What Is USB-C? An Explainer

by Thomas Ruggiero on November 23, 2021

What Is USB-C? An Explainer

Landing on a single standard to rule them all is an elusive aim in the realm of personal technology. At best, you end up in a format war, and one faction emerges victorious for a few years until an entirely new technology takes it out. VHS ate Betamax, then was ousted by DVD, which faded in the face of Blu-ray (a standard that itself knocked off its chief rival, HD DVD), now facing its own mortality at the hands of online streaming services.

But USB-C is different—and perhaps it's even as truly universal as its acronym (Universal Serial Bus) suggests. USB Type-C ports are now found on all manner of devices, from simple external hard drives to high-end laptops and the latest smartphones. While every USB-C port looks the same, not every one offers the same capabilities. USB-C may now be ubiquitous, but it doesn't serve the same functions everywhere. Not by a long shot.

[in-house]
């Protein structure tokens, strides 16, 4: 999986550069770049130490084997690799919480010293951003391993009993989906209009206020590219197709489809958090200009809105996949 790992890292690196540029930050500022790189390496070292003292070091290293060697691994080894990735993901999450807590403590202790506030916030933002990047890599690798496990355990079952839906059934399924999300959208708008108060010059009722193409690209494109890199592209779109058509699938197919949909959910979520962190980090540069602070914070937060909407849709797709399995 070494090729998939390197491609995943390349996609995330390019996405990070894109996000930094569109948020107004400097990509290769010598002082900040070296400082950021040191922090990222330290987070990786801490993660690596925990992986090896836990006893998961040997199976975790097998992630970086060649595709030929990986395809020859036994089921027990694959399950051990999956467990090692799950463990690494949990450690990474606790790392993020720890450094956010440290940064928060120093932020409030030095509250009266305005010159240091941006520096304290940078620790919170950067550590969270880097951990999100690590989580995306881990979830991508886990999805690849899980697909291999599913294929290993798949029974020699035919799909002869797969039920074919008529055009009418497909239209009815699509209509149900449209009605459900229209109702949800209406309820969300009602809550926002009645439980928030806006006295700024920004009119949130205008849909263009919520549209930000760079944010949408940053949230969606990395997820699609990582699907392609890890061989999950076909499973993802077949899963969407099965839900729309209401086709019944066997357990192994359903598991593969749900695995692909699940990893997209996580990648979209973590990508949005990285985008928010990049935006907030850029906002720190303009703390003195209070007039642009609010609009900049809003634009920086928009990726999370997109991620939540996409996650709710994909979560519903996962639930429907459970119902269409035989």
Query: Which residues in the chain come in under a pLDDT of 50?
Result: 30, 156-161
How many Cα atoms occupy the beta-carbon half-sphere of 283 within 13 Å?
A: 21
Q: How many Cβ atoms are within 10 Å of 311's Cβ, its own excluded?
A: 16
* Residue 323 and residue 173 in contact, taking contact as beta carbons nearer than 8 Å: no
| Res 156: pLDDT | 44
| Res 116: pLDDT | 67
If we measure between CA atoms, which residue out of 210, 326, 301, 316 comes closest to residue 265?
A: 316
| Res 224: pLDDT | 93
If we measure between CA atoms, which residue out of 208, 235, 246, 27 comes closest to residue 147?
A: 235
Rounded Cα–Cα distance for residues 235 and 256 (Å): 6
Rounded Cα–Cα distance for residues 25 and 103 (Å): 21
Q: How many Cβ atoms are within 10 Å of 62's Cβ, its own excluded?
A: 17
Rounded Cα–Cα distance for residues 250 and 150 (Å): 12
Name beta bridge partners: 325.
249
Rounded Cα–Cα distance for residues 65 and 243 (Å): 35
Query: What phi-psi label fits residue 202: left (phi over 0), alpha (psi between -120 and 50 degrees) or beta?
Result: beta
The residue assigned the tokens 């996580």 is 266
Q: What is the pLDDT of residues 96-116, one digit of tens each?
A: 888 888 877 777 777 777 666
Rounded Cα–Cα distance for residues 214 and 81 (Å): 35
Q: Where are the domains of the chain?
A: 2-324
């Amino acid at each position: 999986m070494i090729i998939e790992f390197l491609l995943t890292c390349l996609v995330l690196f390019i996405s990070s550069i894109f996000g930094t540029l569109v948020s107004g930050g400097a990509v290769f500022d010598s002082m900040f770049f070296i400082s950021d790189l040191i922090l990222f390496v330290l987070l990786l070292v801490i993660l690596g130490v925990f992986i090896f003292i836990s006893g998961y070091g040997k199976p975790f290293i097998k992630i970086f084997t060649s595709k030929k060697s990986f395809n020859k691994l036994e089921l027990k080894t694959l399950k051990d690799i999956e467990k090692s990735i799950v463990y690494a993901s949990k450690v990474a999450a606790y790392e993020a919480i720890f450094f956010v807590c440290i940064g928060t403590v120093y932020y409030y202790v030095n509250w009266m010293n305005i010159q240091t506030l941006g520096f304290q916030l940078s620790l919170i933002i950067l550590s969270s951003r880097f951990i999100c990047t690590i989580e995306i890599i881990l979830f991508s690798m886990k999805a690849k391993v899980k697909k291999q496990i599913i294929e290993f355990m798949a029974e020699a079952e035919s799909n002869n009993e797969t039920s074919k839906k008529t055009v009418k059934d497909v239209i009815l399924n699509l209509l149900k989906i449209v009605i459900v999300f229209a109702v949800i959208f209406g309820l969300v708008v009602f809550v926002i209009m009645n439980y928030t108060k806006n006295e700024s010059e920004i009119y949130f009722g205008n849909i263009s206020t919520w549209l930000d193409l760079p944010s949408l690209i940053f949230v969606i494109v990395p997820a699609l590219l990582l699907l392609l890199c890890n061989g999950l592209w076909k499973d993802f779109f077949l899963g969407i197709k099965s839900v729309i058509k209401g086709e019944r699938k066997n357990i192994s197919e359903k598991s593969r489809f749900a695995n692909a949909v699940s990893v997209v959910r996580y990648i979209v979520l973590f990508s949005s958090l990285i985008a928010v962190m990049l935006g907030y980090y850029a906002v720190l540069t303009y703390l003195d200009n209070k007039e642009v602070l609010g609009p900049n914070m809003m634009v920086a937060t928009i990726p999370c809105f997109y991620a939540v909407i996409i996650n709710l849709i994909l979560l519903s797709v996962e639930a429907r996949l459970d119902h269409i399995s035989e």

Here's a guide to everything USB-C can do, and which of its features you should look for when buying your next USB-C device.

What Is USB-C?

USB-C is an industry-standard connector for transmitting both data and power bank on a single active optical cable. The USB-C connector was developed by the USB Implementers Forum (USB-IF), the group of companies that has developed, certified, and shepherded the USB standard over the years. The USB-IF counts more than 700 companies in its membership, among them Apple, Dell, HP, Intel, Microsoft, and Samg.